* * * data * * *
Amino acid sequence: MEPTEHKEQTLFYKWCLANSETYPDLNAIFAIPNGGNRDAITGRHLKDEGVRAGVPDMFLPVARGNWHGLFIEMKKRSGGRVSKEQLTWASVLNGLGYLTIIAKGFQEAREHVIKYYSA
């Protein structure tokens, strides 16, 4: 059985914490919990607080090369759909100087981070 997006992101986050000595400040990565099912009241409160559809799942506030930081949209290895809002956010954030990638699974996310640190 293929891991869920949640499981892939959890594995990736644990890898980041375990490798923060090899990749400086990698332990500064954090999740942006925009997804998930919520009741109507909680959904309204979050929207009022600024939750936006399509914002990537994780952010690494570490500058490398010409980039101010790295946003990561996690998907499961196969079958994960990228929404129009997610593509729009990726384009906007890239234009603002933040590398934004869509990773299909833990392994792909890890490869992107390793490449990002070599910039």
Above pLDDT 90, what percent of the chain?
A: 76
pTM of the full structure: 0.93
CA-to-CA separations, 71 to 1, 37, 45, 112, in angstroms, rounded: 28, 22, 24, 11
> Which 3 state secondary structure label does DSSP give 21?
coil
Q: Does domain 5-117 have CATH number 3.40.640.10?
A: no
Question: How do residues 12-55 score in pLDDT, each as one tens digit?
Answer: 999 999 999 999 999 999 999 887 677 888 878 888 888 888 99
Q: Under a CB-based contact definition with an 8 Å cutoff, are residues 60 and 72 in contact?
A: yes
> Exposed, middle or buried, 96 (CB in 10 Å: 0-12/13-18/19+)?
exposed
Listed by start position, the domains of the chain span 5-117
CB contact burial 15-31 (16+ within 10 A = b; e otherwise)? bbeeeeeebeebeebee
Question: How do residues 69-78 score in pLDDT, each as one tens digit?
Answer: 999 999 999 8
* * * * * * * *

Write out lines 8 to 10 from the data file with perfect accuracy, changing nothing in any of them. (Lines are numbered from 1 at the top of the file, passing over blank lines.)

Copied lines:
coil
Q: Does domain 5-117 have CATH number 3.40.640.10?
A: no